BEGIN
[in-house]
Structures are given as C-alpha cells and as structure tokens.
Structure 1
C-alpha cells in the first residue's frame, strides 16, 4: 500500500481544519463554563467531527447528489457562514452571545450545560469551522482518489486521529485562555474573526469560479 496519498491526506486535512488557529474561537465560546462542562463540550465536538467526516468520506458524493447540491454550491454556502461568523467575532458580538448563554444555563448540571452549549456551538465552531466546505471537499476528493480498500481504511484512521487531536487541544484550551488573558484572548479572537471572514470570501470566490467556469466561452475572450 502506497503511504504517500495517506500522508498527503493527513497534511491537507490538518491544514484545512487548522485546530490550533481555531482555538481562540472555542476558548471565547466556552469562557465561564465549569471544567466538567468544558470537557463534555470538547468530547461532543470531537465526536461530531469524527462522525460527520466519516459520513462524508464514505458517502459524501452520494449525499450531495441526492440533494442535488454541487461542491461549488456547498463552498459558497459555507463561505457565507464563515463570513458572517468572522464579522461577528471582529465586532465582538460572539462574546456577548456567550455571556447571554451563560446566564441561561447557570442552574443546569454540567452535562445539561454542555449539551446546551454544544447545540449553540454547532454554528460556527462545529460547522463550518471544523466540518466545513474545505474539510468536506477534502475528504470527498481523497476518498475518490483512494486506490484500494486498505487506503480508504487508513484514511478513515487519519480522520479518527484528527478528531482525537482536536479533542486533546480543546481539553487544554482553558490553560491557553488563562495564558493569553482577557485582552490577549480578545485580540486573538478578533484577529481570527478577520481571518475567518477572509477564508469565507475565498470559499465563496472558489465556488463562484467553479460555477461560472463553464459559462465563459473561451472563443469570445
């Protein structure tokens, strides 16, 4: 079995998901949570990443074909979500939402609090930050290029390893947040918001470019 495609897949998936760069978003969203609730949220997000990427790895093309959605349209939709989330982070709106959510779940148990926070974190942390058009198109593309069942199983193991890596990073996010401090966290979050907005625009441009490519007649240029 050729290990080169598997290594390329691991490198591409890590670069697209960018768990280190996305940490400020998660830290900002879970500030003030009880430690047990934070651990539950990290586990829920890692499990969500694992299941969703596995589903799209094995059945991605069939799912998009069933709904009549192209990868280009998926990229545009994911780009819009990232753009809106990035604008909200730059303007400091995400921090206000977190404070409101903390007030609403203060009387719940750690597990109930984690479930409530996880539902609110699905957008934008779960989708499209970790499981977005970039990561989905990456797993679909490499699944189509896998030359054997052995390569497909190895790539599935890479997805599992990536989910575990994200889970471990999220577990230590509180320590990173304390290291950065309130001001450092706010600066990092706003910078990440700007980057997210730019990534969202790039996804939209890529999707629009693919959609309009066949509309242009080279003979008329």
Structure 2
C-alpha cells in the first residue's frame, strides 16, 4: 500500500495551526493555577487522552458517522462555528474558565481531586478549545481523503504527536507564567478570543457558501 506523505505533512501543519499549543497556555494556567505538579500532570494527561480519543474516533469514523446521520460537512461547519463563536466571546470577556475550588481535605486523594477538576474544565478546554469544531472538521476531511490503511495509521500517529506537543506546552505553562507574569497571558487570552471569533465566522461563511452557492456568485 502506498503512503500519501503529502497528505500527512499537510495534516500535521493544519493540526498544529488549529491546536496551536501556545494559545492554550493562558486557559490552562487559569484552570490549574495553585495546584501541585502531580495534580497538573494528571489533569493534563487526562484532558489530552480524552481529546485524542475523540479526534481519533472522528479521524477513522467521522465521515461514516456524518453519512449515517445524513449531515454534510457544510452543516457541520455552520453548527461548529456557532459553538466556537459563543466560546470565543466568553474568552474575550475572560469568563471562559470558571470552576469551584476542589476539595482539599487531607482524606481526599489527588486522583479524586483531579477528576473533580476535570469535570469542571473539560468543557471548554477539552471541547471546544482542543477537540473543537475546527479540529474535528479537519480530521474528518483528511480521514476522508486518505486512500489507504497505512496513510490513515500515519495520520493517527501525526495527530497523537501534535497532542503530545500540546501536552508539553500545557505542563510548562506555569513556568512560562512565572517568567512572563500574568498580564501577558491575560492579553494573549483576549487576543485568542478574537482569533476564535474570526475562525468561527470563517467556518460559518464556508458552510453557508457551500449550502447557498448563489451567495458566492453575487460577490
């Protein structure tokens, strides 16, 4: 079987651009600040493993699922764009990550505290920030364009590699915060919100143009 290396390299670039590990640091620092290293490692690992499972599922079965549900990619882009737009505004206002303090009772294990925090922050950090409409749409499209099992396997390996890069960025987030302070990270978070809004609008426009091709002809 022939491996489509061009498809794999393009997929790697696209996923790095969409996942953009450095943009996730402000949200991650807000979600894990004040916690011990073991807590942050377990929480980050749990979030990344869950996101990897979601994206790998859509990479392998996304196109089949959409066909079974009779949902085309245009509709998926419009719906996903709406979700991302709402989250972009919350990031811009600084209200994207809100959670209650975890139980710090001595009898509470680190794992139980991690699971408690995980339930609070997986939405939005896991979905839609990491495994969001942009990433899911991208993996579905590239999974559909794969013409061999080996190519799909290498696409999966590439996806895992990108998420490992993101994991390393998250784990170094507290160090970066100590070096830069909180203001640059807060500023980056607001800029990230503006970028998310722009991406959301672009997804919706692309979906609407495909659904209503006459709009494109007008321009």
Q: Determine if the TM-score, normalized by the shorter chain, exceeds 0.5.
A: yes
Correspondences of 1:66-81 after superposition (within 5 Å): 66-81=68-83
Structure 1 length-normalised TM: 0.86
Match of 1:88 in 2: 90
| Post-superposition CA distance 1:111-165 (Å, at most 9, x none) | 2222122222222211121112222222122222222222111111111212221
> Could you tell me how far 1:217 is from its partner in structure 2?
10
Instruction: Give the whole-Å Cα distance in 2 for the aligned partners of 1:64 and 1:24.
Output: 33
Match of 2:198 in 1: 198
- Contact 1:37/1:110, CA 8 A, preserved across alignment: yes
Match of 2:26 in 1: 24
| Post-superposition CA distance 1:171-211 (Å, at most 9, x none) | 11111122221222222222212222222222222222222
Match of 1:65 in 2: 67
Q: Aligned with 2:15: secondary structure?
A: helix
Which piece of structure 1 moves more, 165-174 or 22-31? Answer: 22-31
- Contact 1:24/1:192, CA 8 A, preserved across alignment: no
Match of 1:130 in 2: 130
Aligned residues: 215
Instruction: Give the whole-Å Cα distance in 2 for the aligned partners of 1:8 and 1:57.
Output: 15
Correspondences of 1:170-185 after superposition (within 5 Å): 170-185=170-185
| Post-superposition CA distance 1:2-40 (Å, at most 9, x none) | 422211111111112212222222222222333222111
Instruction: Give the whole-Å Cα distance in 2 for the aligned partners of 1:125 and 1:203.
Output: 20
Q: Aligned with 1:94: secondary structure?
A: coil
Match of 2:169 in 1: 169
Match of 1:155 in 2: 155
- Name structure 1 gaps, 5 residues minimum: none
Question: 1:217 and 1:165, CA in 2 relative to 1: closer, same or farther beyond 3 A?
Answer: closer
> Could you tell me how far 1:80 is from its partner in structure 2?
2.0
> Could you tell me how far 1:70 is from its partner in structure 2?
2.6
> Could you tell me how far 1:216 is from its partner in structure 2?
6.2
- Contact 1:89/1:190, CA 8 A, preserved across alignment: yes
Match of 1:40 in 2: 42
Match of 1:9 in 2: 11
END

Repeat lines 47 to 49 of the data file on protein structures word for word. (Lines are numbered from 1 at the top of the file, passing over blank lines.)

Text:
> Could you tell me how far 1:216 is from its partner in structure 2?
6.2
- Contact 1:89/1:190, CA 8 A, preserved across alignment: yes